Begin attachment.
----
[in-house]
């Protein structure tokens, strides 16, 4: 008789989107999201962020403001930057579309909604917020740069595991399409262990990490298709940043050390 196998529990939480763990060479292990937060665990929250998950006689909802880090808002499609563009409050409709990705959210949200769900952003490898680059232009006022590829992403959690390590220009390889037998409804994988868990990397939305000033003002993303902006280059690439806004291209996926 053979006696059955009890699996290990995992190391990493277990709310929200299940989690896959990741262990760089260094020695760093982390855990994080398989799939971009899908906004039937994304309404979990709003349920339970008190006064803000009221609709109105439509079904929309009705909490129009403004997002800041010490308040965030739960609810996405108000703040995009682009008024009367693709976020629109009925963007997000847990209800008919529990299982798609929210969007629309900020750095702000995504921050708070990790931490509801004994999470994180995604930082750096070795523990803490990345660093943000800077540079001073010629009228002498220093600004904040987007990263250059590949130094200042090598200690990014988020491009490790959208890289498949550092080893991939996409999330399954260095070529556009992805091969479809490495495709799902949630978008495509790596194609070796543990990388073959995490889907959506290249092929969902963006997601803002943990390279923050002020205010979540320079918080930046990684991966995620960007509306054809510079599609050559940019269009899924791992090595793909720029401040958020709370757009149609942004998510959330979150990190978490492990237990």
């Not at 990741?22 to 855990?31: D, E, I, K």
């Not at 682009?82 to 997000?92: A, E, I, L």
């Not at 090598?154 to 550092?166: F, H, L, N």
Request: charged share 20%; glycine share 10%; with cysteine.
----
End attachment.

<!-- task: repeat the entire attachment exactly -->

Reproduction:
[in-house]
């Protein structure tokens, strides 16, 4: 008789989107999201962020403001930057579309909604917020740069595991399409262990990490298709940043050390 196998529990939480763990060479292990937060665990929250998950006689909802880090808002499609563009409050409709990705959210949200769900952003490898680059232009006022590829992403959690390590220009390889037998409804994988868990990397939305000033003002993303902006280059690439806004291209996926 053979006696059955009890699996290990995992190391990493277990709310929200299940989690896959990741262990760089260094020695760093982390855990994080398989799939971009899908906004039937994304309404979990709003349920339970008190006064803000009221609709109105439509079904929309009705909490129009403004997002800041010490308040965030739960609810996405108000703040995009682009008024009367693709976020629109009925963007997000847990209800008919529990299982798609929210969007629309900020750095702000995504921050708070990790931490509801004994999470994180995604930082750096070795523990803490990345660093943000800077540079001073010629009228002498220093600004904040987007990263250059590949130094200042090598200690990014988020491009490790959208890289498949550092080893991939996409999330399954260095070529556009992805091969479809490495495709799902949630978008495509790596194609070796543990990388073959995490889907959506290249092929969902963006997601803002943990390279923050002020205010979540320079918080930046990684991966995620960007509306054809510079599609050559940019269009899924791992090595793909720029401040958020709370757009149609942004998510959330979150990190978490492990237990």
């Not at 990741?22 to 855990?31: D, E, I, K």
């Not at 682009?82 to 997000?92: A, E, I, L």
């Not at 090598?154 to 550092?166: F, H, L, N």
Request: charged share 20%; glycine share 10%; with cysteine.